Australian Pollinator Week

What is pollination and why is it important?

Unlike animals, plants can’t move around in search of a mate, to reproduce. Therefore, plants need pollinators to transfer the male sex cells (pollen) to the female reproductive parts of flowers. This process is called pollination, and it leads to fertilization. Good fertilisation helps plants develop seeds and fruit that feed countless animals in the world, including us.

Importance of biodiversity

Pollinators drive biodiversity, and globally, nearly 90 percent of wild flowering plant species depend, at least in part, on the transfer of pollen by animals. (IPBES, 2016)

Over 75% of the world’s food crops (by type) rely on animal pollinators for yield and/or quality and these crops contribute 35% of global crop volume and represent an estimated market value of AUS$350-$860 billion.(IPBES, 2016)

Pollinators provide essential ecosystem services in the natural landscapes as well as within agricultural/horticultural and urban environments.

Photo by Mark Berkery

The ecosystem services provided by pollinators extend well beyond food provisioning. Because pollination drives biodiversity, pollinators also contribute to:

Supporting Services

  • Nutrient recycling
  • Soil formation
  • Primary production

Provisioning services

  • Food
  • Fresh water
  • Wood and fibre

Regulating Services

  • Climate regulation
  • Flood regulation
  • Disease regulation
  • Water purification

Cultural Services

  • Aesthetic
  • Spiritual
  • Educational
  • Recreational

 

Who are the Pollinators?

The vast majority of pollinator species are wild, including more than 20,000 species of bees, some flies, butterflies, moths, wasps, beetles, thrips, birds, bats and other vertebrates.

Honey bees (Apis mellifera) are particularly important as pollinators of food crops. They are the most widespread managed pollinator in the world. It is estimated that globally, there are about 81 million hives producing an estimated 1.6million tonnes of honey annually (IPBES, 2016). In Australia, by contrast, in 2014-15 there were an estimated 13,000 registered beekeepers operating 448,000 hives (ABARES, 2016) representing around 0.5% of global managed hives.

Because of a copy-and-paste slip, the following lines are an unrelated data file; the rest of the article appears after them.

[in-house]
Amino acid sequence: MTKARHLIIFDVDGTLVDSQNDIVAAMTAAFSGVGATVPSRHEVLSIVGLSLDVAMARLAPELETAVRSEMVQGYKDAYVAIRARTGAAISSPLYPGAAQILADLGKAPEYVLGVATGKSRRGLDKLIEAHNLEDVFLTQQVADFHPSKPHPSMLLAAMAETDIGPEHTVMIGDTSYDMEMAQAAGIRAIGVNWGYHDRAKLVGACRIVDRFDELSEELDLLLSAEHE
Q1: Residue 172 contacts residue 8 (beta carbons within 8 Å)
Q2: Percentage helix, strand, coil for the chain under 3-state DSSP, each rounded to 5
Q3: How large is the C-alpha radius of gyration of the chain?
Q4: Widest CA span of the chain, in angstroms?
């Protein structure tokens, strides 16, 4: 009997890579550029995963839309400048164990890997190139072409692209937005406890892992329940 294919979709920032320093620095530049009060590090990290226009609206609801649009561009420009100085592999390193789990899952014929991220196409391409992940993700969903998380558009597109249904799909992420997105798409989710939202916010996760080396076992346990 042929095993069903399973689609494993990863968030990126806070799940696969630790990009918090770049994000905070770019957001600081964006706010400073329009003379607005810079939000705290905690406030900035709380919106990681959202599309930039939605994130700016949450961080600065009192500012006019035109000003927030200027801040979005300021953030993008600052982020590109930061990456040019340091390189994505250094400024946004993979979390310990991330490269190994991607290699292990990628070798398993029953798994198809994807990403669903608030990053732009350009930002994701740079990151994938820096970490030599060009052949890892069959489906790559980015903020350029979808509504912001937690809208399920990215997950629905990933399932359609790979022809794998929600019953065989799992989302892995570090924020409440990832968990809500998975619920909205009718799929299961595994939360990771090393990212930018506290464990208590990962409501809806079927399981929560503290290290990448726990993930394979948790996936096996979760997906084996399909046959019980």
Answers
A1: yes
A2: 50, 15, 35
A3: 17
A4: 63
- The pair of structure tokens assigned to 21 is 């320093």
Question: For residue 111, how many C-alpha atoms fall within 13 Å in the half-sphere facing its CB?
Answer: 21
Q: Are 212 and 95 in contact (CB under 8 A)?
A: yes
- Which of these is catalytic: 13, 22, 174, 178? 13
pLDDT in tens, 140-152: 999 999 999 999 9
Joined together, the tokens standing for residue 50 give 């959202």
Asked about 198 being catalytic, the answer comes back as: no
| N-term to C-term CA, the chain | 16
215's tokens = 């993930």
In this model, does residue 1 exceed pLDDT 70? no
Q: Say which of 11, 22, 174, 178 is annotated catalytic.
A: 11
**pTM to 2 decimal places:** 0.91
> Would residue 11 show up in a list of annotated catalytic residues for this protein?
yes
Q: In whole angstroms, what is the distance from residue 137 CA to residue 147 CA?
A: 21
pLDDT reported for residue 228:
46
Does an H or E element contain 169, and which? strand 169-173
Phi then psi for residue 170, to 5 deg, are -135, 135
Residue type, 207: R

Although the relative contribution of each pollinator varies significantly according to crop and location, crop yields and/or quality depend on both the diversity and abundance of pollinators and pollinator diversity contributes to crop pollination even when managed species (eg honey bees) are in high abundance.

Photo by Peter Nelson.

Pollinators in decline

Multiple reports globally have documented widespread pollinator declines;

  • Hallmann et al (2017) documented a drastic reduction over 75% in insect biomass in a 27 year longtitudinal study across 63 protected areas (nature reserves) in Germany
  • Lister & Garcia (2018) measured arthropod biomas and documented declines over 30 years between 10-60 times
  • Kopec and Burd (2017) reported that of native bee species in North America and Hawaii with sufficient data to assess (1,437) more than half (749) were declining and nearly one quarter (347) were imperiled and at increasing risk of extinction. This applies to bumblebees as well as native bees.

Global data from United Nations however suggests that overall between 1961 and 2017, there has been an 85% increase in the global population of managed honey bees. Regions where the largest population declines have been recorded are North America (-43%), Europe (-11%) , and Central America (-2%) (Karasinski, 2019)

In Australia, honey bees are so far not experiencing the kinds of losses experienced in other countries. In terms of native bees and other insect pollinators however, there is insufficient data to know conclusively what is happening, mainly because there is a scarcity of research on Australian pollinators.Anecdotal evidence suggests there may be pollinator decline here too.  (How often do you clean your windscreen these days compared with 30 years ago? How often do you see butterflies relative to when you were a child?)

The lack of information in Australia highlights the urgent need for further research that monitors pollinator diversity and numbers over time. Getting involved in citizen science projects that help monitor pollinator numbers over time help to build the body of evidence needed to understand what is going on.

www.australianpollinatorweek.org.au/count